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Proof the Brown M&Ms clause is not an Urban Legend

I don’t feel like talking about economics right now, so let’s talk Rock and Roll.

The contract with Van Halen’s legendary “brown M&Ms” rider has been published by The Smoking Gun. And it was there for purely rational reasons:

While the underlined rider entry has often been described as an example of rock excess, the outlandish demand of multimillionaires, the group has said the M&M provision was included to make sure that promoters had actually read its lengthy rider. If brown M&M’s were in the backstage candy bowl, Van Halen surmised that more important aspects of a performance–lighting, staging, security, ticketing–may have been botched by an inattentive promoter.

All we need now is the clause by whatever band it was that requested “the brown M&Ms Van Halen refused.”

Otherwise, an open thread with which to discuss Rational Expectations.

Overcoming Classism, a four-minute lesson

Ken Houghton

Consider this a bright, cheerful post, as opposed to my next one.

As long as TAPPED is talking about “classism,” let’s recall that the easy solution was Common Knowledge by the early 1980s:

When I was in school I ran with kid down the street
But I watched him burn himself up on bourbon and speed
But I was smarter than most and I could choose
Learned to talk like the man on the six o’clock news

Always keep in mind, of course, that a thick accent comes in handy, especially if you’re trying to be underestimated. But that’s not generally in the first round.

Maybe Not This Time…

…at least not so directly:

The Treasury Department has turned down a request by General Motors for up to $10 billion to help finance the automaker’s possible merger with Chrysler, according to people close to the discussions.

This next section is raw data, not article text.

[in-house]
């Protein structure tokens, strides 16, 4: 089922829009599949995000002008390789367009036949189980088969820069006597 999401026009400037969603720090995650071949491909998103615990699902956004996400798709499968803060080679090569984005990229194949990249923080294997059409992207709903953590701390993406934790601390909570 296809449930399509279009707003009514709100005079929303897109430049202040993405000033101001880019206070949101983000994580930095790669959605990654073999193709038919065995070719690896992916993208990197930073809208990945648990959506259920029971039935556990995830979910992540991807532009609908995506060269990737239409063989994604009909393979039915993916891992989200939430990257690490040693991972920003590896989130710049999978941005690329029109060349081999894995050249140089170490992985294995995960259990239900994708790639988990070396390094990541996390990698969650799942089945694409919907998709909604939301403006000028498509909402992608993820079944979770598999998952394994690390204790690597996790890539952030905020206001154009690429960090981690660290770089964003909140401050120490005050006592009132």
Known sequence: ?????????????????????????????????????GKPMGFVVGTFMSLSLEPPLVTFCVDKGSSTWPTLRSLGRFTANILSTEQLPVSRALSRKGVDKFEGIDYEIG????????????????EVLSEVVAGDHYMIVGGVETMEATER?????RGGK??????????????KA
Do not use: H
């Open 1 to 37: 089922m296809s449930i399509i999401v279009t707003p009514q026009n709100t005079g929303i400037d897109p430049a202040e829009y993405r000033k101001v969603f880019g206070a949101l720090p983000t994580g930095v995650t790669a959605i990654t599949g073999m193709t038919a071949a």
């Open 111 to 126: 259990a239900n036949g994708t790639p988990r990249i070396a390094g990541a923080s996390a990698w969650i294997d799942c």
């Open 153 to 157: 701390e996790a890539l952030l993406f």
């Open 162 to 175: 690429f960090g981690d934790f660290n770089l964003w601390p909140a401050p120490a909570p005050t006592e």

Instead of providing new assistance, the Treasury Department told G.M. on Friday, the Bush administration will now shift its focus to speeding up the $25 billion loan program for fuel-efficient vehicles approved by Congress in September and administered by the Energy Department.

I guess that’s why Ford plans to build more trucks.

But it is an excuse to add Yet Another Oldie-but-Goodie:

Win the Nobel Prize,* they publish you on Sunday instead of Monday

Krugman believes people want someone who is “serious”:

In a way, you can’t blame Mr. McCain for campaigning on trivia—after all, it’s worked in the past. Most notably, President Bush got within hanging-chads-and-butterfly-ballot range of the White House only because much of the news media, rather than focusing on the candidates’ policy proposals, focused on their personas: Mr. Bush was an amiable guy you’d like to have a beer with, Al Gore was a stiff know-it-all, and never mind all that hard stuff about taxes and Social Security. And let’s face it: six weeks ago Mr. McCain’s focus on trivia seemed to be paying off handsomely.

But that was before the prospect of a second Great Depression concentrated the public’s mind….

[T]he Barack Obama voters see now is cool, calm, intellectual and knowledgeable, able to talk coherently about the financial crisis in a way Mr. McCain can’t. And when the world seems to be falling apart, you don’t turn to a guy you’d like to have a beer with, you turn to someone who might actually know how to fix the situation.

UPDATE: Brad DeLong has more on this, with graphics (but without Annoying Videos).

Somewhere, McCain’s uber-handlers are trying to figure out why they didn’t go with Kay Bailey Hutchinson, who would not have been subject to this:

Meanwhile, the video of the night on November 4th should be this one (NSFSanePeople):

*Or its Economics equivalent